I’m still on medication, I still occasionally attend therapy sessions, but that is nothing to do with my sexuality now. Here today, I am a proud gay man and happily married to my husband. So, from that perspective, the scars I carry today derive from suffering with mental trauma from a young age and experiencing a difficult coming out as a young gay athlete.
The first person I ever told was my girlfriend as I felt she should know, with the bottom line being no, really, it’s not you, it’s me. I felt at the time – coming back to that element of loneliness – I was never going to have a long-term relationship.
I felt I had to choose between sport and being gay. Initially, I chose sport and threw myself into it as a player, as a career coach, and as a volunteer at my local tennis venues.
It was only when I came out to my family, my friends, and then eventually in my own workplace, that I actually started to connect with other people that were gay. It was then that I happened to meet my husband who has been the most supportive person in the world, and undoubtedly changed my life for the better.
That was a huge turning point for me – being able to be open with myself and be comfortable with my sexuality enough to be holding hands with another man down my local high street. Things like that, from a generational point of view, that may seem quite normal now, but when I was younger it certainly wasn’t the case. That’s why now I try to do as much visibility work as I can. That’s the reason why we do pride and try and do things like LGBTQ history month, and pride month, and pride marches, to show young people that you can be your authentic self and you don’t have to create barriers in your own mind.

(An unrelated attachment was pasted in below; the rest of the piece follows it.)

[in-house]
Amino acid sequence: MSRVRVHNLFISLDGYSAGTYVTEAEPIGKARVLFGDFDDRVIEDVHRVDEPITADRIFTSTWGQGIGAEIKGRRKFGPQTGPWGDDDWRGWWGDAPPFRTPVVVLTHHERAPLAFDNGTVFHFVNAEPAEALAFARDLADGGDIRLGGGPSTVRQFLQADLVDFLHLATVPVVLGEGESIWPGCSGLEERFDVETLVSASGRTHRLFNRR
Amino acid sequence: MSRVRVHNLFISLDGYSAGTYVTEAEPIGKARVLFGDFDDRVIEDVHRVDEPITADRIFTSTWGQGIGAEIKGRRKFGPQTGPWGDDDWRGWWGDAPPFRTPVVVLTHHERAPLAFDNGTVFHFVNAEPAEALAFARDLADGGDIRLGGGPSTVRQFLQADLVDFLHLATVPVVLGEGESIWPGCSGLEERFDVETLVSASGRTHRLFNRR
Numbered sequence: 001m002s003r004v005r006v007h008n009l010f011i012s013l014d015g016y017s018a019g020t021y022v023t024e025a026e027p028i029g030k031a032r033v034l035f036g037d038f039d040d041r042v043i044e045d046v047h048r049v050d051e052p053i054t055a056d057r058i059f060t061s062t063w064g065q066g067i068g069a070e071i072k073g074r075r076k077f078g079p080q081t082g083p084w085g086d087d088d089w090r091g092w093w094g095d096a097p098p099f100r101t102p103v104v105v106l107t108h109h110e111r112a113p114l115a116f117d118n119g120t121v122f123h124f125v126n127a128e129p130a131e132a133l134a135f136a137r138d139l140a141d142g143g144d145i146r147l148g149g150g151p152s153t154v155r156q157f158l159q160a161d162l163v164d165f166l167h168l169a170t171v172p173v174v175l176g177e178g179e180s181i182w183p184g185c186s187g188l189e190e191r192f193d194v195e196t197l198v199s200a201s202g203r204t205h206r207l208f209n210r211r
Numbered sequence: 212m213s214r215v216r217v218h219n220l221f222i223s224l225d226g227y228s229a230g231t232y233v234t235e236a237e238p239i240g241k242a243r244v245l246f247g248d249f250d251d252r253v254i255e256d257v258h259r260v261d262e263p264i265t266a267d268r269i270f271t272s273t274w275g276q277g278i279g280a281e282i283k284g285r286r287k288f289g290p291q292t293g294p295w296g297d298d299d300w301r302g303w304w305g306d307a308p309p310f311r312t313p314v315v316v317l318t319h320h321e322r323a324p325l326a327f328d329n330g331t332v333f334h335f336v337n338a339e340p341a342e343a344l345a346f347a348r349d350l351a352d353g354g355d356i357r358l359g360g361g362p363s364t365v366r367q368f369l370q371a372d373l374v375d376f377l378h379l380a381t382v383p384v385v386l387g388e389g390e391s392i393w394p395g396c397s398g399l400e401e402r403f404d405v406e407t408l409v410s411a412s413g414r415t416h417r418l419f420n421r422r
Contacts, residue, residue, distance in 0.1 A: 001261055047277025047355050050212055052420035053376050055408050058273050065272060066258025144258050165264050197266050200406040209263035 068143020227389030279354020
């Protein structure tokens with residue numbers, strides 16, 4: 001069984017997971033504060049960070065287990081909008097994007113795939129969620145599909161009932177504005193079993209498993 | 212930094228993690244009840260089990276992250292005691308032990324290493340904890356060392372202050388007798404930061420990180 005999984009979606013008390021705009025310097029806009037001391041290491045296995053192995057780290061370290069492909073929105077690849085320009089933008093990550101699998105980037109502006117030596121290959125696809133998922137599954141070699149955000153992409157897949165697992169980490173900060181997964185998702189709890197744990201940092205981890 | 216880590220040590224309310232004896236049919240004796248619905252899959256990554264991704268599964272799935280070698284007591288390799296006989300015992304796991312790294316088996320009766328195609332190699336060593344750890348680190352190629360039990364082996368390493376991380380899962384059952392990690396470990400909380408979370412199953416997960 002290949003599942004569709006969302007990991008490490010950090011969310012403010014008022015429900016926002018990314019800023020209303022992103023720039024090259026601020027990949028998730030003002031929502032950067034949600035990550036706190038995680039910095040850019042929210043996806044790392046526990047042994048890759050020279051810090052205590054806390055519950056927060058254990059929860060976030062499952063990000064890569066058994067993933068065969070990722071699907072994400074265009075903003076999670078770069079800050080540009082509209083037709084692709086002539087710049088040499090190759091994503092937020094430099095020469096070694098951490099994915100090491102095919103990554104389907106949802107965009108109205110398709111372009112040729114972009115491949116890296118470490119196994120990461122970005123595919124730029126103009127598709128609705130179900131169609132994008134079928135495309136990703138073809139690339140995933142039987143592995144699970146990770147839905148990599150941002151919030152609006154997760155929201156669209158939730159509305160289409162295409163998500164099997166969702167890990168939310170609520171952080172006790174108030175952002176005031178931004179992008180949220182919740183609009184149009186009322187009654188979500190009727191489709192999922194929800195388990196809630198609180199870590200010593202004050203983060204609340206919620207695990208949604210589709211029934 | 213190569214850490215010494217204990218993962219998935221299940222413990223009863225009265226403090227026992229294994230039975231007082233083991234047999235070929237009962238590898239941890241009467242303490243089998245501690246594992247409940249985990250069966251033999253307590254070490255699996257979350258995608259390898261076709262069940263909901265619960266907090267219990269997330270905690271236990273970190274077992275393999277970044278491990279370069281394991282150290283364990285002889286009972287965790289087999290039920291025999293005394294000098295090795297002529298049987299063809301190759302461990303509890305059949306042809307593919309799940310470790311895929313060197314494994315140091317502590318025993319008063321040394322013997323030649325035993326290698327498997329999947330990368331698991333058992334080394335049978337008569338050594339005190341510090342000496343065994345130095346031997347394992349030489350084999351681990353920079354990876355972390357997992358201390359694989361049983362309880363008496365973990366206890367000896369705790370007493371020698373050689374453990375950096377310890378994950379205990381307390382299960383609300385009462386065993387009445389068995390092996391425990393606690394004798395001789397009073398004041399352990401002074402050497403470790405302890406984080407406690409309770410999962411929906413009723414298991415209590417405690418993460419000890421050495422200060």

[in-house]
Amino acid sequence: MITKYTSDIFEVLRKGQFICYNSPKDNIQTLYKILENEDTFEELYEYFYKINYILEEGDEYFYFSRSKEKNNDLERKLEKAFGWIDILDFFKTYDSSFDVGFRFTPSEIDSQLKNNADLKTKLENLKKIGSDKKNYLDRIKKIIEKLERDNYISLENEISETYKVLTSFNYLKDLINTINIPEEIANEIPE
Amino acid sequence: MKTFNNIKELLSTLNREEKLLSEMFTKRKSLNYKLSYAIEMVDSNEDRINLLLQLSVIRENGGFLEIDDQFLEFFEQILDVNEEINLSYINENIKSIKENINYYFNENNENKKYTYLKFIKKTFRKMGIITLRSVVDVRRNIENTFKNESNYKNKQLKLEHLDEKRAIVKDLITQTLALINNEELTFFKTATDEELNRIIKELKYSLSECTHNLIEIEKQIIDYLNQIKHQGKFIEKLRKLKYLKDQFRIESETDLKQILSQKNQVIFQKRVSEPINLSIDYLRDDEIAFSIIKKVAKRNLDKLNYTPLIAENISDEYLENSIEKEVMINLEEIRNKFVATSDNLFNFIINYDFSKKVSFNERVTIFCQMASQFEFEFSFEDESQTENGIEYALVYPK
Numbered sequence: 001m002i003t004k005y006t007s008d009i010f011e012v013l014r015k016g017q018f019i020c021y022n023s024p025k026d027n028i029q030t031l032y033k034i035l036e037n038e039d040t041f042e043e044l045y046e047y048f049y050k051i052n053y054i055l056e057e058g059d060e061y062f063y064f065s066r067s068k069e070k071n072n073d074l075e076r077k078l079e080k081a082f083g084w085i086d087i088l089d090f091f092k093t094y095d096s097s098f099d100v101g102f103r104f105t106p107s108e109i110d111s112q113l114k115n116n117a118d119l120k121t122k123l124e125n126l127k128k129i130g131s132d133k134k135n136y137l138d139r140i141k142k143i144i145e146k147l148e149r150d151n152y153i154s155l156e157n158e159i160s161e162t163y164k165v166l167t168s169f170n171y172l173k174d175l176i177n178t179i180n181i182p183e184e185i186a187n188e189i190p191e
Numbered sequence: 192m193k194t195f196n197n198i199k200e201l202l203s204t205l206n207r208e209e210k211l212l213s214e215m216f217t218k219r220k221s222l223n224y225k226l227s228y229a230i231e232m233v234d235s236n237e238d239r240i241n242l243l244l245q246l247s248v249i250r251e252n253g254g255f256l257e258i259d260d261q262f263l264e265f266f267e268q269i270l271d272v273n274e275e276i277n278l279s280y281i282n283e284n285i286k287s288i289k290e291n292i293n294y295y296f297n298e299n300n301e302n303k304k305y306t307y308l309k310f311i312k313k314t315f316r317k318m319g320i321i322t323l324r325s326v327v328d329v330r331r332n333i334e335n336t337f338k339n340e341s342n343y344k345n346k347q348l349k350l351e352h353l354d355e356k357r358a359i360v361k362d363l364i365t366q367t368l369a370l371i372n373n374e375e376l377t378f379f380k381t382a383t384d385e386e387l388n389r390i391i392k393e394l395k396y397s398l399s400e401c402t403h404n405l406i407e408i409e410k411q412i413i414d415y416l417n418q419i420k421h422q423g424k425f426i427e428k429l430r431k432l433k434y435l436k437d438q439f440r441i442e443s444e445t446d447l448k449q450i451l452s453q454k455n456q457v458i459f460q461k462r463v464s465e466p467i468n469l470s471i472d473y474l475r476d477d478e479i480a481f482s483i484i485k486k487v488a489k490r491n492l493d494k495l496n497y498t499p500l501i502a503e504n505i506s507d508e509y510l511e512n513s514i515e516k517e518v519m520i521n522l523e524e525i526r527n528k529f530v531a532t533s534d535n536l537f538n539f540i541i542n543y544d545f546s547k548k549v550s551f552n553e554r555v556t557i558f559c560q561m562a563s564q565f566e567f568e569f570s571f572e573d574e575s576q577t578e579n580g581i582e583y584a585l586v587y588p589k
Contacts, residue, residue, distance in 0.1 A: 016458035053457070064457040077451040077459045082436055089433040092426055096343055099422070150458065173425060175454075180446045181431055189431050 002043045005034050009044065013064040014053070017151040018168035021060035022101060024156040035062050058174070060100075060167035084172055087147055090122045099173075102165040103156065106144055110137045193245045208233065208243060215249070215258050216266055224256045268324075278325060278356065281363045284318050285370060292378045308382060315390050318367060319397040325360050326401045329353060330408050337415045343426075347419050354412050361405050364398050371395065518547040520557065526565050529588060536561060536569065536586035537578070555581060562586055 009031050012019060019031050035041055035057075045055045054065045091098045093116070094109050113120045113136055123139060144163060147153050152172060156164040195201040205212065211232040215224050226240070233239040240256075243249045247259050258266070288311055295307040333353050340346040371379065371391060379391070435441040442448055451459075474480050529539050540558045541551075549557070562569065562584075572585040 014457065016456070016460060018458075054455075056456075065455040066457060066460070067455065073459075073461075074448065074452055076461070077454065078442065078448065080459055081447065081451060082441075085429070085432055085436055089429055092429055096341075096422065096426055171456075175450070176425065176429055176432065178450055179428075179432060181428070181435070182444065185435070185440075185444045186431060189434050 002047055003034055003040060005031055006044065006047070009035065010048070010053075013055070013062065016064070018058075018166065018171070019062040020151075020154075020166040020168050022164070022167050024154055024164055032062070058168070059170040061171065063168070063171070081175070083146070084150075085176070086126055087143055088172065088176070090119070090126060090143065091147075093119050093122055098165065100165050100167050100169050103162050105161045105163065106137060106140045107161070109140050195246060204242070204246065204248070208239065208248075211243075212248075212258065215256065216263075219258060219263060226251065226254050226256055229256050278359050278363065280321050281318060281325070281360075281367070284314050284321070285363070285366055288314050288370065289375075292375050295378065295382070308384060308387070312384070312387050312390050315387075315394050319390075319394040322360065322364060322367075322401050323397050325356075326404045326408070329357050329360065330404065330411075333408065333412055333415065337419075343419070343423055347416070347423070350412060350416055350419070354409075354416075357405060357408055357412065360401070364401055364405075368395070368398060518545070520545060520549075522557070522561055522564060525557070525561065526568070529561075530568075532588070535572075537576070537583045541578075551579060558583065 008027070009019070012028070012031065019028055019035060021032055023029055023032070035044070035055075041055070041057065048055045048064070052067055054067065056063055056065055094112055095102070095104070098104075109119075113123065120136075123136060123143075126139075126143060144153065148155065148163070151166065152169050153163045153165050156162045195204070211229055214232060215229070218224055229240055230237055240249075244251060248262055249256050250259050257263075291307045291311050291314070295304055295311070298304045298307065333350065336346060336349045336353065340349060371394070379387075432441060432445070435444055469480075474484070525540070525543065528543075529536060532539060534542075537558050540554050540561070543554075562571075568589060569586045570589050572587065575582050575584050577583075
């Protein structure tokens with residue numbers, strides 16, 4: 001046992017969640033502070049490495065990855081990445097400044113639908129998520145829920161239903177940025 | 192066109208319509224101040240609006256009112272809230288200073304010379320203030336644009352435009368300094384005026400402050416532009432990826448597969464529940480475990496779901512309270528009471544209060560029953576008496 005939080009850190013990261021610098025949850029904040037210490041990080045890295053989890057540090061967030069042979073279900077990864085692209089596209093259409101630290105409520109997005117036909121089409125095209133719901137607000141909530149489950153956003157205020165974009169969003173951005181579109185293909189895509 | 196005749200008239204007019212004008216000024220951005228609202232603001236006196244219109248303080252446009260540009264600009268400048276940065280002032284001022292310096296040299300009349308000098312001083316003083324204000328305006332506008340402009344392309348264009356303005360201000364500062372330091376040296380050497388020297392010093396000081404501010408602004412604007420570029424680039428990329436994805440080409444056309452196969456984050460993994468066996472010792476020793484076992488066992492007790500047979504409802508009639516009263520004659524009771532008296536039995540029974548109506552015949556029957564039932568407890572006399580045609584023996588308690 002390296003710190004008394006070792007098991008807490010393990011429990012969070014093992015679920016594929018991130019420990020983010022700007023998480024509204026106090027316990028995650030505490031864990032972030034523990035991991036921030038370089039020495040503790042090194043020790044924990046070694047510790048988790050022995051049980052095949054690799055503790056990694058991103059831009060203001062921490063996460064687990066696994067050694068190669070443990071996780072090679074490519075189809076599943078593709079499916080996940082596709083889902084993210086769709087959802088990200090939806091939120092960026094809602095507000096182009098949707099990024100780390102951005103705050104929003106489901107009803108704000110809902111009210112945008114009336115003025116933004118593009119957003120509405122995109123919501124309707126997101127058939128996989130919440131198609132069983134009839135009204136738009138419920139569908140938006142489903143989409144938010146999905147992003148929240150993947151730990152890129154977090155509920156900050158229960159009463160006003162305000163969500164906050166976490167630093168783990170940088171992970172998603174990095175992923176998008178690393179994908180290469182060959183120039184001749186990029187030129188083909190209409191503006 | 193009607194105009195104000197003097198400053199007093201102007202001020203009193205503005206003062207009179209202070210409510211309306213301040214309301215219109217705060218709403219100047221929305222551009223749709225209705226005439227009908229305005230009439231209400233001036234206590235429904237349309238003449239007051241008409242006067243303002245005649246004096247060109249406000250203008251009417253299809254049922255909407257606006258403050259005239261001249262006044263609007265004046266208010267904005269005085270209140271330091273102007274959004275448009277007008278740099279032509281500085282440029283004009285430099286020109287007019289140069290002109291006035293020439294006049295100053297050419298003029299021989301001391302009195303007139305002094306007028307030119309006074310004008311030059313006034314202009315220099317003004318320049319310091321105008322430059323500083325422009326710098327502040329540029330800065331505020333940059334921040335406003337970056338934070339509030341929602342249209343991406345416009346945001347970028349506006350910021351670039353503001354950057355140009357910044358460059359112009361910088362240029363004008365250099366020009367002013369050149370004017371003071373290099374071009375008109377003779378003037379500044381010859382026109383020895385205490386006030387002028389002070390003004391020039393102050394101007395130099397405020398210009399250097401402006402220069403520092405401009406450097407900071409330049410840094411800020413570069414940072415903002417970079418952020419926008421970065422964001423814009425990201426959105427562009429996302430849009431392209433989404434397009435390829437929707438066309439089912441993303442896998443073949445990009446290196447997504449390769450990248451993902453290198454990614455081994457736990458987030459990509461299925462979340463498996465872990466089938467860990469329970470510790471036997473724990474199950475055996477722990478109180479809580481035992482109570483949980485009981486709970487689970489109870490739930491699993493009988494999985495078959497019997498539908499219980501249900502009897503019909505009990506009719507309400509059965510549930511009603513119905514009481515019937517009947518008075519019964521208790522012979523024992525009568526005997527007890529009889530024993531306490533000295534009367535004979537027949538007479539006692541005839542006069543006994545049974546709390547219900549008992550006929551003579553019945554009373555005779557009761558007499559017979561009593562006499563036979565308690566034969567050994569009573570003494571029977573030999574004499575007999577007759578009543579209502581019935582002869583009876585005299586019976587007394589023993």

The advice I would give anyone struggling or experiencing a similar journey to that of my own; you are not the only one. You’re not the only person who are having these feelings and worries about being different, and this doesn’t just have to link in with sexuality or gender identity; you can be different in many ways.
We’re living in a society where we are trying to fit in with social media and try to live up to be the best version of ourselves, rather than necessarily the authentic version of ourselves which is ultimately flawed. We’re all flawed. We must embrace and accept those flaws, as if we try and be perfect, then we’re setting unrealistic targets. That is where we can really do damage to our overall mental health.
Worryingly, at the moment, in the UK there is a mental health crisis amongst LGBTQ+ people, so my story is a common one. For example, 52% of adults in the LGBTQ+ community had a long-term mental health problem in 2018. That was more than double the general population. If you are a gay man, you are seven times more likely to contemplate suicide as opposed to if you are a heterosexual man. What really worries me is that those of the LGBTQ+ youth community are seven times more likely to have suicidal thoughts than their heterosexual counterparts. To counteract that, when visibility programmes happen in schools, not only do the mental health rates improve for LGBTQ+ people, but also for the general school populations.
Getting onboard with the LTA’s inclusion strategy, Open Court programme, our Pride in Tennis groups; supporting things like that can help a lot of people in improving their mental health, and occasionally – in my case – it can save lives. Tennis undoubtedly contributed to me saving my life.
I don’t know where I would have been without that bubble of joy that I had at the tennis club when I was able to play on court freely, and just go and release all my pent-up stress by going down to the court and hitting a couple of shots in the fresh air with my friends. So, by opening tennis up to people from different backgrounds, we could improve everybody’s mental health.